January 30, 2012

Rafa Nadal insists he's beaten his Novak Djokovic demons

Rafael Nadal in action at the Australian Open
Rafael Nadal thought his epic Australian Open final against Novak Djokovic was "never going to finish".

The match was eventually won by the Serbian 5-7 6-4 6-2 6-7 (5/7) 7-5 in five hours and 53 minutes, making it the longest grand slam final of all time and also the longest match ever played in the tournament.
It said much for both players' endurance that the quality of tennis arguably improved as the match went on.

"But it's nice to be there fighting, trying to go to the limit.The defeated Spaniard said: "You look around and you see the watch, five hours, four hours, three hours, finally five hours 53. It seems like it's never going to finish.

"It's something I really enjoy and I always said it is good to suffer.

"When you are fit and have passion for the game you are able to enjoy suffering."

Nadal was positive in defeat, and especially pleased he had been able to conquer his demons in competing well with a man who has now beaten him on seven successive occasions.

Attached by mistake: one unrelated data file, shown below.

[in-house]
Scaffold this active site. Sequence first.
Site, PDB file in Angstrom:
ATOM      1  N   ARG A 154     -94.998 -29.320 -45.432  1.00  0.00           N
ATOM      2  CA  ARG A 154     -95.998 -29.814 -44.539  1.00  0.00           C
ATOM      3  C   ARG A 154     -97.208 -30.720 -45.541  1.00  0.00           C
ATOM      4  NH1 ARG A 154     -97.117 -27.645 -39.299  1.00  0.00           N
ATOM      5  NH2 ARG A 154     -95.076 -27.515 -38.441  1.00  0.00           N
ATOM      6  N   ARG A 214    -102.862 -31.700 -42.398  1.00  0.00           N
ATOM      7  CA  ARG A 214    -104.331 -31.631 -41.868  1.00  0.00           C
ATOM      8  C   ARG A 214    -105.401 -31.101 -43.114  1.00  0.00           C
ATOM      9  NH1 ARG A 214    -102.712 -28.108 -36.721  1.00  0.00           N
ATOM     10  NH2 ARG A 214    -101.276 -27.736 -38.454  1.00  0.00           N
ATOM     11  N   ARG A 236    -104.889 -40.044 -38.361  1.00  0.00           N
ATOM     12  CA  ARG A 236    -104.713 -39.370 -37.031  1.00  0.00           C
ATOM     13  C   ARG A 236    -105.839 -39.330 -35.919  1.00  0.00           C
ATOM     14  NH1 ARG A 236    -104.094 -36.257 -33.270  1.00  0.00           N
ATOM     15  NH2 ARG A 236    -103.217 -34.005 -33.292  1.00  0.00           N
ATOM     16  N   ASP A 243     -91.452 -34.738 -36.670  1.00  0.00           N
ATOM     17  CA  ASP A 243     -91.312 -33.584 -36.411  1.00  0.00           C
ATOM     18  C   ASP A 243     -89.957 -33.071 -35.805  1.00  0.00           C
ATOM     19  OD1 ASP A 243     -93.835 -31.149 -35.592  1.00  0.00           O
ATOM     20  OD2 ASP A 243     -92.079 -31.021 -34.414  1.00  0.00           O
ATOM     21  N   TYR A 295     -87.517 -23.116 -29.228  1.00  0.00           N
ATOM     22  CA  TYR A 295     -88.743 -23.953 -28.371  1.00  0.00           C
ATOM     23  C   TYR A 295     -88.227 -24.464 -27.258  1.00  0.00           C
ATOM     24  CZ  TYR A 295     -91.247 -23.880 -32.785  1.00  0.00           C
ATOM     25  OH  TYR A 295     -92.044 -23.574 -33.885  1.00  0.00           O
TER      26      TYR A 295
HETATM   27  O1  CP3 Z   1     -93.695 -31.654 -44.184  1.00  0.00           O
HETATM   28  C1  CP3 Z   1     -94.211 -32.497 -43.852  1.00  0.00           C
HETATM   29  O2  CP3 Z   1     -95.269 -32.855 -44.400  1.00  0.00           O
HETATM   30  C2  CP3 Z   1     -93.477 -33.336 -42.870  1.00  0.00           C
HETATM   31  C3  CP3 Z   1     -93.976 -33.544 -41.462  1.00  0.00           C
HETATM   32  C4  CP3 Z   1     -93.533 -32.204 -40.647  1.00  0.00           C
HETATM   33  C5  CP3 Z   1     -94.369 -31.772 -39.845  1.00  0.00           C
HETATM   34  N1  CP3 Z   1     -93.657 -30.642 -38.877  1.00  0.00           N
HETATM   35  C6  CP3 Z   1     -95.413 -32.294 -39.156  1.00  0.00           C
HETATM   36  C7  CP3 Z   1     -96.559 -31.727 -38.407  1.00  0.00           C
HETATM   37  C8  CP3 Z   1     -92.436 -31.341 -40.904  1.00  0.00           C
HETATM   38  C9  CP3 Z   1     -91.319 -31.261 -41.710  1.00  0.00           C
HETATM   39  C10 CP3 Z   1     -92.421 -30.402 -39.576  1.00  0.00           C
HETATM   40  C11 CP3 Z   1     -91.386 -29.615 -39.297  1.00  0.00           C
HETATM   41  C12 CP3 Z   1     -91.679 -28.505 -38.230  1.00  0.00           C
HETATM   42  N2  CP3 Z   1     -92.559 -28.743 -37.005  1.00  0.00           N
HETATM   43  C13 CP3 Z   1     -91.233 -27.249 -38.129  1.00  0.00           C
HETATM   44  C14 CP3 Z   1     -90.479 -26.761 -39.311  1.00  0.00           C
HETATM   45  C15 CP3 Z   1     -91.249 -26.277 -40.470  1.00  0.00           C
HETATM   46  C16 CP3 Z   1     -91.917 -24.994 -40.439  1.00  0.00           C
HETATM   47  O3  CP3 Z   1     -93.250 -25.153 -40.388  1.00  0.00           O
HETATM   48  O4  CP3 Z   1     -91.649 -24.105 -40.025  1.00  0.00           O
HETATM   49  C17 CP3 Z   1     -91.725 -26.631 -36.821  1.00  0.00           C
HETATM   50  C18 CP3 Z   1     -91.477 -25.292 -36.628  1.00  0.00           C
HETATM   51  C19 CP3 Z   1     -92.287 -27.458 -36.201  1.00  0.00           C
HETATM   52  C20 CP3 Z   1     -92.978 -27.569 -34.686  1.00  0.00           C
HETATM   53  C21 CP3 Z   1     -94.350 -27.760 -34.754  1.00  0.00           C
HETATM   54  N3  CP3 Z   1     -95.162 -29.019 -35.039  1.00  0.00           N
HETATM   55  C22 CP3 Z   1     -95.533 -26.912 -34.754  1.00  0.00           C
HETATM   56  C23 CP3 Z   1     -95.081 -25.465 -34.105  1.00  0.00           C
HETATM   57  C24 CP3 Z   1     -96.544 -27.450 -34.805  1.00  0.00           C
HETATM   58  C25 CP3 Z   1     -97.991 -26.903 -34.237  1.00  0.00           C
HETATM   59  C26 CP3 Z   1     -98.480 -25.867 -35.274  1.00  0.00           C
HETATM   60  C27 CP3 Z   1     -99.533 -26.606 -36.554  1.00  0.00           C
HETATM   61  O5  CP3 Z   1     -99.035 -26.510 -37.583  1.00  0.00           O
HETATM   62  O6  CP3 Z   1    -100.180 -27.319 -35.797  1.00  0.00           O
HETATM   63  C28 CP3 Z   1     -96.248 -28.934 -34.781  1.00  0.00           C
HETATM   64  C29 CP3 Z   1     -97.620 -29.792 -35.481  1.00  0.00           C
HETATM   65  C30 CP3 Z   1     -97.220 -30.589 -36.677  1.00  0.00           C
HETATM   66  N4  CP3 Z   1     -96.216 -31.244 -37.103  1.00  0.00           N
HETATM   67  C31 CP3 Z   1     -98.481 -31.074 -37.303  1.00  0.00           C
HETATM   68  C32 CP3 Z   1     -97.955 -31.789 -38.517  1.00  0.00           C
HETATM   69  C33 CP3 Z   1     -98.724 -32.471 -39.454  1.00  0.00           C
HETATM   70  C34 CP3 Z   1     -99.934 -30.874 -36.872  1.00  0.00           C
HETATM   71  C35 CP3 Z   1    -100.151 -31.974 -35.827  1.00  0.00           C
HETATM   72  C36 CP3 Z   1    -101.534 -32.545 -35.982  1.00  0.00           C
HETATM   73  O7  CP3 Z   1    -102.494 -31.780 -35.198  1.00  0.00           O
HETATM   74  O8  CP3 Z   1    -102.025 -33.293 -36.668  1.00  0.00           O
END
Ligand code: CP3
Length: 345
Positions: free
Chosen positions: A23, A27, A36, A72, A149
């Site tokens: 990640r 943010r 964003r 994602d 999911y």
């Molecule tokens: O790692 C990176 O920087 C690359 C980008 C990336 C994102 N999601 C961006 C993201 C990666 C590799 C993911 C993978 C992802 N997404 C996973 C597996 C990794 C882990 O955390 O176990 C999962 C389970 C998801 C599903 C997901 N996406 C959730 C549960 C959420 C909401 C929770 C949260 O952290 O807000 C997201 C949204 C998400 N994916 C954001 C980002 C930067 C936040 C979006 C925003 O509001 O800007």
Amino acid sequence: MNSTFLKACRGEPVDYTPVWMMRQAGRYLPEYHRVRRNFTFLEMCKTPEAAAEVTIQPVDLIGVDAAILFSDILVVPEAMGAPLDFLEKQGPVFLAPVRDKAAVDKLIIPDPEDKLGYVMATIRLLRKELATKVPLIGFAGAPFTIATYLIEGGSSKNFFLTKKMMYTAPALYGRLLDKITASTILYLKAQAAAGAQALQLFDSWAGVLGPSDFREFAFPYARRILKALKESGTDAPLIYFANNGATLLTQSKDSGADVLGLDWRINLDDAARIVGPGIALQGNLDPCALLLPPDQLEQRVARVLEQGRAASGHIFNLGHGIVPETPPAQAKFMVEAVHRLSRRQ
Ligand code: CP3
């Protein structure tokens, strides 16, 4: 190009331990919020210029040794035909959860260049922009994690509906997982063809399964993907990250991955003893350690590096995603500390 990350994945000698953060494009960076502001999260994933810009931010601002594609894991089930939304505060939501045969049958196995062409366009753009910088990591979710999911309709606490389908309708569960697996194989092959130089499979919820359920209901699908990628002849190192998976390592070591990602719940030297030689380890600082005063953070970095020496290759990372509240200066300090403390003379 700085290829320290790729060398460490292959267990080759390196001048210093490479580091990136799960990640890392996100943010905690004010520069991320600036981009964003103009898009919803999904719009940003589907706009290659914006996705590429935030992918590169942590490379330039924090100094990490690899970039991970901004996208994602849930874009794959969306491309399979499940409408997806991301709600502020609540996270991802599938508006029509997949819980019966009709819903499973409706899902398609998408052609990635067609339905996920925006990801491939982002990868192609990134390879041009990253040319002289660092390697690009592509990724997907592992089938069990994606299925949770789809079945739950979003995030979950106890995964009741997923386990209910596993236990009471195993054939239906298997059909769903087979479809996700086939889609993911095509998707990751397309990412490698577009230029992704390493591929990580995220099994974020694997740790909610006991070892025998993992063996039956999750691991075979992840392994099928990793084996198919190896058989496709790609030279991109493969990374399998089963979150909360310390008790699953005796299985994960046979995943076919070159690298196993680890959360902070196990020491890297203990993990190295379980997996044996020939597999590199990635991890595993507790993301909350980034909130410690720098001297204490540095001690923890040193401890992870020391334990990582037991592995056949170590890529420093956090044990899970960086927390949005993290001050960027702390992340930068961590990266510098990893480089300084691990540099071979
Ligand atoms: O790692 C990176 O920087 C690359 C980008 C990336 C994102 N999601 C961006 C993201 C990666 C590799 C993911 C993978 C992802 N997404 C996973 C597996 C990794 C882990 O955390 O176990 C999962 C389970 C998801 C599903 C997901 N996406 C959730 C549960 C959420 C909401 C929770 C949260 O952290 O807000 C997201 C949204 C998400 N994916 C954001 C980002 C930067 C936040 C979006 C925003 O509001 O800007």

The world number two has admitted previously he has a mental block when playing Djokovic but he felt this match may have gone some way to addressing the problem.

"I am very happy about my mentality, it worked well at the big moments," he said.

"I didn't have any mental problems against him. I had mental problems against him in 2011 but not today."

While there was plenty of honour for Nadal, the glory went, yet again, to Djokovic.

His victory made him just the fifth man to win three successive grand slam crowns following his victories last year at Wimbledon and the US Open.

And he admitted that among all his wins, this was the best.

"Wimbledon is right up there because it was the tournament I always wanted to win but this comes out on top because we played for almost six hours, it was incredible," he said.

"It was the longest grand slam final of all time. Just hearing that fact makes me cry. I am very proud to be a part of history, to be among the elite group of players who have won this trophy several times.

"I had a lot of chances to win it in four sets but he deserved to prolong it and then really both of us could have won the match, it could have gone either way."

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